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Author Topic: Causes of tension - d/t lines, triggers, etc.  (Read 539 times)
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RobinB
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« on: October 13, 2011, 12:43:38 PM »

Trimming out a new SLOP model recently I was reminded that things that look reliable on the bench
can be less so when one actually gets to the field. The d/t line on that model passes from a hook on the stab,
around a radiused block under the TE and straight to the timer. I use a thin flexible steel line with a small tension spring
on the end that hooks on the timer arm.
I noticed that the tension in the system was causing the timer arms to bend, and I had to bend a more hook-like shape into them
to retain the line safely.
This was a Polish SLOP timer from FFS; I've since changed it for a Texas timer, which has thicker release arms.

I know that it's a bit more fiddly, but I think I'll fit a trigger setup in future models. It should reduce the tension in the timer line.

Anyone else had this problem, and come up with reliable solutions?

I'm a bit fussy about these things nowadays as I once had a model d/t halfway into the climb. It's not an experience I want to repeat!

Robin
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gossie
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« Reply #1 on: October 13, 2011, 10:53:12 PM »

You sure need tension to hold things down and in place, but perhaps a little too much tension?Huh??   Just a thought. Smiley
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glidermaster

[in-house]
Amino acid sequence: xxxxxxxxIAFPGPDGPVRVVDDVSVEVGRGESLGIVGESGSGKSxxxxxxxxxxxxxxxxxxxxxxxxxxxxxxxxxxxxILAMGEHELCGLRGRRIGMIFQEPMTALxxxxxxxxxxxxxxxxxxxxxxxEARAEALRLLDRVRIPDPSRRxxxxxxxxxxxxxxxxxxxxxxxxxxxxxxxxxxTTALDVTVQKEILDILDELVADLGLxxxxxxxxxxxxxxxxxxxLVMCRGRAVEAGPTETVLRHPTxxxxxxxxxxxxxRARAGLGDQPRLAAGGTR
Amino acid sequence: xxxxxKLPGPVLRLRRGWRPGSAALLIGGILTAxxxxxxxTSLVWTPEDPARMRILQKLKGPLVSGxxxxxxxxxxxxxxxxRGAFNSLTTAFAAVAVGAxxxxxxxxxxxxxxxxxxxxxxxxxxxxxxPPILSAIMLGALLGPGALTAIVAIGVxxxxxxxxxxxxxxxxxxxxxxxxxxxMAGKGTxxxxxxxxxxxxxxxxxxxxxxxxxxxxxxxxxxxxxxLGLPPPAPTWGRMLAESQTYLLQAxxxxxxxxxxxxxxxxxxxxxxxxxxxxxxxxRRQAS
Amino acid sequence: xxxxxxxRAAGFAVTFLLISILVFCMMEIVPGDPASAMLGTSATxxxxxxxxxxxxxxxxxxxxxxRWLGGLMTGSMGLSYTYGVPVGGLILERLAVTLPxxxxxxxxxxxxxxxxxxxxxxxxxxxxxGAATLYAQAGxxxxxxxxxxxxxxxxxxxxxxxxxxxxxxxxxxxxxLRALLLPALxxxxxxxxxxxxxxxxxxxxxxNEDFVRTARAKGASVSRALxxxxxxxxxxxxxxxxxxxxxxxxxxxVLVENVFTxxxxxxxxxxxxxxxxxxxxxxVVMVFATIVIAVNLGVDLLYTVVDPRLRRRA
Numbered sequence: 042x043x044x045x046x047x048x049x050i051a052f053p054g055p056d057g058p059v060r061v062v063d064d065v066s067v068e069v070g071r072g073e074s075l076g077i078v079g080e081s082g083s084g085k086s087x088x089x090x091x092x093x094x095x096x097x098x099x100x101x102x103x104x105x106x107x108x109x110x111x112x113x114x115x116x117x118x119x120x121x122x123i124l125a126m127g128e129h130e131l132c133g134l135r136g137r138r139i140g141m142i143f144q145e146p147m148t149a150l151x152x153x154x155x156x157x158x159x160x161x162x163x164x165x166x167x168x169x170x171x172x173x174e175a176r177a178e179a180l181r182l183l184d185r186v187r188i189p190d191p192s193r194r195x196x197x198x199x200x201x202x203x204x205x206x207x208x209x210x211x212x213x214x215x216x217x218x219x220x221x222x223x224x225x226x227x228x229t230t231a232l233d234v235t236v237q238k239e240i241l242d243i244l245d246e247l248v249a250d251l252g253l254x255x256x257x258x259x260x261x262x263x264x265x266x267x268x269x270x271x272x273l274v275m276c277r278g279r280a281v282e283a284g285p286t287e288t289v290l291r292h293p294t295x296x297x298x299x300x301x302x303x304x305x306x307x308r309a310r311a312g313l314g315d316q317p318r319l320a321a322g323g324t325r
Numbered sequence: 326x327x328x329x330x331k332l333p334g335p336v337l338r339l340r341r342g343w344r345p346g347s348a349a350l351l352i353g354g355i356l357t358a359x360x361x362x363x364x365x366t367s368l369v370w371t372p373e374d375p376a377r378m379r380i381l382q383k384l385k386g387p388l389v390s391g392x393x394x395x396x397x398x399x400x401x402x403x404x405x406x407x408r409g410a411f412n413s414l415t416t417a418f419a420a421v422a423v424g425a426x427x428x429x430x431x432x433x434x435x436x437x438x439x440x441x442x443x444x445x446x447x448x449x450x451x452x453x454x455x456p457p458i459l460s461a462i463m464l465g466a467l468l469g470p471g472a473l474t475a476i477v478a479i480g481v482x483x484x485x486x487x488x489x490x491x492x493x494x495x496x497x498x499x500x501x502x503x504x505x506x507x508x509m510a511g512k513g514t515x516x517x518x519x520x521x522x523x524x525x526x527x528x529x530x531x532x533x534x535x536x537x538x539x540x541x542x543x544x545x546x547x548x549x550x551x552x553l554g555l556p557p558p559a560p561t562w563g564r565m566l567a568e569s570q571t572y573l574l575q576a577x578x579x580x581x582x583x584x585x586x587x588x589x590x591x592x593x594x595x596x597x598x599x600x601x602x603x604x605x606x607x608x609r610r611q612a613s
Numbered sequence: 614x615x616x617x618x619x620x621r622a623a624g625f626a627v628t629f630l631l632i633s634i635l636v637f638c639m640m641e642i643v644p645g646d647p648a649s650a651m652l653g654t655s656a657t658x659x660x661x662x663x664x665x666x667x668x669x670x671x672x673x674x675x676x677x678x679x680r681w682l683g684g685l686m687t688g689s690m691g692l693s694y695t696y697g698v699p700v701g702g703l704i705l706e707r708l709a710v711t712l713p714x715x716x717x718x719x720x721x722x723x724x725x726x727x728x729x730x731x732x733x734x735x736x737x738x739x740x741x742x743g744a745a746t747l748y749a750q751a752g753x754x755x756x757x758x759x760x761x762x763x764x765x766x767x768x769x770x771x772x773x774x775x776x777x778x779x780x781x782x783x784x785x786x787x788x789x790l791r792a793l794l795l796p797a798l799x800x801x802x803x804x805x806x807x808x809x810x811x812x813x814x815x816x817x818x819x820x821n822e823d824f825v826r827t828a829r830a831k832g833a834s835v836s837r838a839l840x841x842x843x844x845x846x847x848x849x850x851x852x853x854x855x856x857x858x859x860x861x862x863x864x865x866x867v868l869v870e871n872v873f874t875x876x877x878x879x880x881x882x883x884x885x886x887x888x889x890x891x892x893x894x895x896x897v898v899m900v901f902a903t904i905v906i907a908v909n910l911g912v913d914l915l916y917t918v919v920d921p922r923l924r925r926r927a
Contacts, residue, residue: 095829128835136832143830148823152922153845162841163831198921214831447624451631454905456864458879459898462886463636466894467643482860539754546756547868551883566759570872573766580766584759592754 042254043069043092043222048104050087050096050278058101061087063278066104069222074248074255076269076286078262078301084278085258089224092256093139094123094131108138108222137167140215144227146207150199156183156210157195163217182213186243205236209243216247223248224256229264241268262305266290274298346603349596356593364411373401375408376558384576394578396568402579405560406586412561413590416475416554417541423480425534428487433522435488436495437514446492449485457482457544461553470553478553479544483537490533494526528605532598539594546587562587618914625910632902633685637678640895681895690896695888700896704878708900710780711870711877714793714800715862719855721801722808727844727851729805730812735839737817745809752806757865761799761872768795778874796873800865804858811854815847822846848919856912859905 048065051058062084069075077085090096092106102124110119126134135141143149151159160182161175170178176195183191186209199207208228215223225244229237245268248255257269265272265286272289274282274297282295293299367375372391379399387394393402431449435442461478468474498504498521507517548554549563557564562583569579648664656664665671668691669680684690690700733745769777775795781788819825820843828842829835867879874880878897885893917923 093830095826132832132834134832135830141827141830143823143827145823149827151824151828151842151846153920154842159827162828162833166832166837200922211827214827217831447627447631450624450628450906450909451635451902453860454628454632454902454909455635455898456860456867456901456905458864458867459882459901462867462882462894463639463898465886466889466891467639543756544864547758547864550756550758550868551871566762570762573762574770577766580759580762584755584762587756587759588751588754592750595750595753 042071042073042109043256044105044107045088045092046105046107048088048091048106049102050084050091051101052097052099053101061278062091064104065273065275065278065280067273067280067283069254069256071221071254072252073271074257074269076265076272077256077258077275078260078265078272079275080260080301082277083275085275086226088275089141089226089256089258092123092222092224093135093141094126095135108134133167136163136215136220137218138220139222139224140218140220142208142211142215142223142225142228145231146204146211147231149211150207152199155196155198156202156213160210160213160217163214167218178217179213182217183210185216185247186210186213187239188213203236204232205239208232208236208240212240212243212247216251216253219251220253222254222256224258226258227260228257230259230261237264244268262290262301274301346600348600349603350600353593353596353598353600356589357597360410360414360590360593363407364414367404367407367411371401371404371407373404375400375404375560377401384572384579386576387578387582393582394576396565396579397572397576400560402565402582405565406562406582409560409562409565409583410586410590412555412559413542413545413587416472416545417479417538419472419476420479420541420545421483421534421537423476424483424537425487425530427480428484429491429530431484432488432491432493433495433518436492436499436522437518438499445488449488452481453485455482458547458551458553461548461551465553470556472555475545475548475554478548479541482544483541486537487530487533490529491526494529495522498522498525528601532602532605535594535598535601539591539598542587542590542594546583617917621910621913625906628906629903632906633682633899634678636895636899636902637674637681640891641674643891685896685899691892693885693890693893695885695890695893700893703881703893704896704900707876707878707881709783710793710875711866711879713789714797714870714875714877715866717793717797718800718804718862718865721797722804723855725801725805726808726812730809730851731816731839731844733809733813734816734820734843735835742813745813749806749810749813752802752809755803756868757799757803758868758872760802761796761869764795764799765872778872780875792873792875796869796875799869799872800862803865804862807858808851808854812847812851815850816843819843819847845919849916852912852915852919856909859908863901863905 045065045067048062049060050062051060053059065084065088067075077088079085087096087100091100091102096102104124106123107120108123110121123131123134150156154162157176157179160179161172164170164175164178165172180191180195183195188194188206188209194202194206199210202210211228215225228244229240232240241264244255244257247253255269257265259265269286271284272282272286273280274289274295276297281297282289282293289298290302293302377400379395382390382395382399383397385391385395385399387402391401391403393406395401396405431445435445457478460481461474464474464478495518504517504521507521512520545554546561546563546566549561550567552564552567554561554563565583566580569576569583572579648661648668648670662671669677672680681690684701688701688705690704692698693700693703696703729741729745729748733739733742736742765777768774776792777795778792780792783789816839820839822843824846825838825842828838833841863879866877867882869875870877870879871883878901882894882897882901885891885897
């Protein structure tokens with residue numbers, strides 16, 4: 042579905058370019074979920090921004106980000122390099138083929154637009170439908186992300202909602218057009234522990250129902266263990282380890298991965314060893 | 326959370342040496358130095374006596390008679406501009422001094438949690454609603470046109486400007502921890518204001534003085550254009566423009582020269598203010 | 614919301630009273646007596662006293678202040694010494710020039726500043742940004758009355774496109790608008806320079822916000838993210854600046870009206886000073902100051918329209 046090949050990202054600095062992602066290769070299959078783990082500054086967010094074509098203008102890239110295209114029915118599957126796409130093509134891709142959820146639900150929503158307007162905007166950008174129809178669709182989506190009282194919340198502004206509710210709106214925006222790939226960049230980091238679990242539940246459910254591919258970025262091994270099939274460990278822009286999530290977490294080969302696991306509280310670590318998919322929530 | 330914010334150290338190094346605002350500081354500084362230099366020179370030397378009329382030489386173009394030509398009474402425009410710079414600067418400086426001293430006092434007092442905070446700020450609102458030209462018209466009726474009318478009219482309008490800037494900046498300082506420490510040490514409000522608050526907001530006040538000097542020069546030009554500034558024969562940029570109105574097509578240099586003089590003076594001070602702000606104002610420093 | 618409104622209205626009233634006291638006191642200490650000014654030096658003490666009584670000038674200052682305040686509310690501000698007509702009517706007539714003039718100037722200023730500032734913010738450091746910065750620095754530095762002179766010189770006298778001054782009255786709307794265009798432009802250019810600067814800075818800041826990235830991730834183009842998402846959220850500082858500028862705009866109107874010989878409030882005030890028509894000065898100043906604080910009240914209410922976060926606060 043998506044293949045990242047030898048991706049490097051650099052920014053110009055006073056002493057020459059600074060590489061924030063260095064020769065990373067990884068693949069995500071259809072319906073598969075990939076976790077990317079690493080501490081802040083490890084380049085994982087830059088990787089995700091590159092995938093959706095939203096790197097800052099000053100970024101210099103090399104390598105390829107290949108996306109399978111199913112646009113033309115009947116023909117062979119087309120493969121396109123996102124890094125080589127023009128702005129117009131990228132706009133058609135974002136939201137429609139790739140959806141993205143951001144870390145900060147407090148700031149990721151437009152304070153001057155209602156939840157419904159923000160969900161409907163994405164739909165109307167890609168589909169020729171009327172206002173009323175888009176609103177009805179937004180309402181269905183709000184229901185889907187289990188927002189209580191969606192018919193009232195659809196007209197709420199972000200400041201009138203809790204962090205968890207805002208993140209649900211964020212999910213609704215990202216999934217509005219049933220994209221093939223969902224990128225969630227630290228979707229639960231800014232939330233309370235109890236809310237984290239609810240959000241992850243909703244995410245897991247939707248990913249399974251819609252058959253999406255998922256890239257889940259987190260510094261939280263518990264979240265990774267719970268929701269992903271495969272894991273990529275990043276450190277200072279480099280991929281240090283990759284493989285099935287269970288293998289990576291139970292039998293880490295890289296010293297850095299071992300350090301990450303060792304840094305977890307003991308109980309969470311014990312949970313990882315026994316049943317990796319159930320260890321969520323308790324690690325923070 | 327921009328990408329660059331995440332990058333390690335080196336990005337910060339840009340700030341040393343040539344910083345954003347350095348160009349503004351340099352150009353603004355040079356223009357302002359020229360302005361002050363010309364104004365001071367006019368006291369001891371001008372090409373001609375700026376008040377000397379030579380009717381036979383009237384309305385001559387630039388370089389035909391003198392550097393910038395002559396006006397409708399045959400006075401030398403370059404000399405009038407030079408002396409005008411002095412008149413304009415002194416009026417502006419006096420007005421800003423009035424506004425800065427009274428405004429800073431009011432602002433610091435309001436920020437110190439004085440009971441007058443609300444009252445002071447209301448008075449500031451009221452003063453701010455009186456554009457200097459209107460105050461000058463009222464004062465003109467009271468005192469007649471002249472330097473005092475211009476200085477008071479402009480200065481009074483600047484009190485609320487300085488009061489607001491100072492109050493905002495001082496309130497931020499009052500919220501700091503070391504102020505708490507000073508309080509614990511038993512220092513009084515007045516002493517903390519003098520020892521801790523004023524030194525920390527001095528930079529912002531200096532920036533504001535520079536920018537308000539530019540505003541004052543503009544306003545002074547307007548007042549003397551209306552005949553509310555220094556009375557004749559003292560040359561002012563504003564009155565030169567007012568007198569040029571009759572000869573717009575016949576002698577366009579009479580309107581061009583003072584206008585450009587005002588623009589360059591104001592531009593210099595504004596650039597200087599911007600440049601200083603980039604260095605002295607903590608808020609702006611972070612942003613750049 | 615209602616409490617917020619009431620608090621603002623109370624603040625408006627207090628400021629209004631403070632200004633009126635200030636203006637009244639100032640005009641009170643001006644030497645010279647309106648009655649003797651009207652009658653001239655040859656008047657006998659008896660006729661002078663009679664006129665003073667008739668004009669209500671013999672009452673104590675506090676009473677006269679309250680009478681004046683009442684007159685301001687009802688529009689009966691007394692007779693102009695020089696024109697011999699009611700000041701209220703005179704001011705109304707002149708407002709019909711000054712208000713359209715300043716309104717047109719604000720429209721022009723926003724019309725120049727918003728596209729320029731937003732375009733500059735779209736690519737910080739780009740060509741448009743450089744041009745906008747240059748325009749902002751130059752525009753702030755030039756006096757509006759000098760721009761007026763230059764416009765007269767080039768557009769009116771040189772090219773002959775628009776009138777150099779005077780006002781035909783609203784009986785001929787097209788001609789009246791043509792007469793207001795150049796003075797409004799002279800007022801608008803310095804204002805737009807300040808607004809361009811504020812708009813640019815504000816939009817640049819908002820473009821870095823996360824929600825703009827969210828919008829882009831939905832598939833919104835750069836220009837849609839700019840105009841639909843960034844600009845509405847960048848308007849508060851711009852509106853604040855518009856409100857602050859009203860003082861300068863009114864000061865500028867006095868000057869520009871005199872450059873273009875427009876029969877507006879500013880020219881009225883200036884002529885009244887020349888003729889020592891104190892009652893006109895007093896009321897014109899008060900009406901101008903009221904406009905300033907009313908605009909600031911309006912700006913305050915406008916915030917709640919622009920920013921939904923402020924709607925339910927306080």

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« Reply #2 on: October 14, 2011, 11:32:54 AM »

Hi Robin,
My most recent SLOP type models had the system as you describe, and I too don't like the tension it puts into the timer arm. My most recent build which is somewhere in these pages has a VIT type trigger to hold the tail trailing edge, and I much prefer it. One of the benefits (to my mind at least) is that the line can be pseudo-permanently hooked to the timer, so there are no accidental hook up errors.

(I say pseudo-permanently - I make a loop on the timer arm, and use a little sprung hook on the line, so I can take the timer out if need be, without cutting the lines!).

All my old FAI models have permanently attached lines and I had to replace all the arms on my Seelig timers in order to do that.

I am concerned with the systems on my latest Russian model - hooking all the lines up every flight - there's a lot of them. Angry
John
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RobinB
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« Reply #3 on: June 08, 2012, 08:05:23 AM »

I was sorting out the d/t on a Dixielander (another model that I seem to have had on the go for an embarrassingly long time),
and was pleased to find that it didn't need as much tension in the line as the SLOP mentioned above.

It had the same stab chord, same rubber bands, same type of tail platform and same retaining line set-up.
Then the penny dropped - the peg on the Dixie is further back up the stab (nearer max. thickness point), so a larger component of the band's tension is forward, against the stop, than if the peg / hook was nearer the LE.

Obvious when you think about it. Duh!

Robin
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